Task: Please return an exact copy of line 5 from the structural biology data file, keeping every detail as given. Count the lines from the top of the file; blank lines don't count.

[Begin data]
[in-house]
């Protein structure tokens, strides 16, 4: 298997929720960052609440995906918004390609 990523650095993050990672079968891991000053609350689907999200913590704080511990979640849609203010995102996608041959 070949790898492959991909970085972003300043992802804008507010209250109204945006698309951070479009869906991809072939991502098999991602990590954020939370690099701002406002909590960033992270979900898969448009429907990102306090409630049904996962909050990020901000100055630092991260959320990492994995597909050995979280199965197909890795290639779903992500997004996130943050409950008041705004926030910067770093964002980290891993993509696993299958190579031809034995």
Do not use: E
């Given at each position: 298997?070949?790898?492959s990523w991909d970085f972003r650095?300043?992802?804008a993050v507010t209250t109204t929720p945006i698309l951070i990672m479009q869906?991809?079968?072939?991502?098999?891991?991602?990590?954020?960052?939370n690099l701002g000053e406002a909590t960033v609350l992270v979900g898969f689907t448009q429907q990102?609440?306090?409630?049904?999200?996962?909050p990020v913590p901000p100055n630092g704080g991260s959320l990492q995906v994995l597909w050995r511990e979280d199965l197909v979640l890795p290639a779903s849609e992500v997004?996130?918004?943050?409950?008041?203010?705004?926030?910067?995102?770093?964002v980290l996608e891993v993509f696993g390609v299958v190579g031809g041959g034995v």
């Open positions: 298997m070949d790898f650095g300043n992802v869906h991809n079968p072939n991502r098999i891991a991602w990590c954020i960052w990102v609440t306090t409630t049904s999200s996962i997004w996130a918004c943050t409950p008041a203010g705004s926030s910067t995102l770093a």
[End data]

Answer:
């Open positions: 298997m070949d790898f650095g300043n992802v869906h991809n079968p072939n991502r098999i891991a991602w990590c954020i960052w990102v609440t306090t409630t049904s999200s996962i997004w996130a918004c943050t409950p008041a203010g705004s926030s910067t995102l770093a």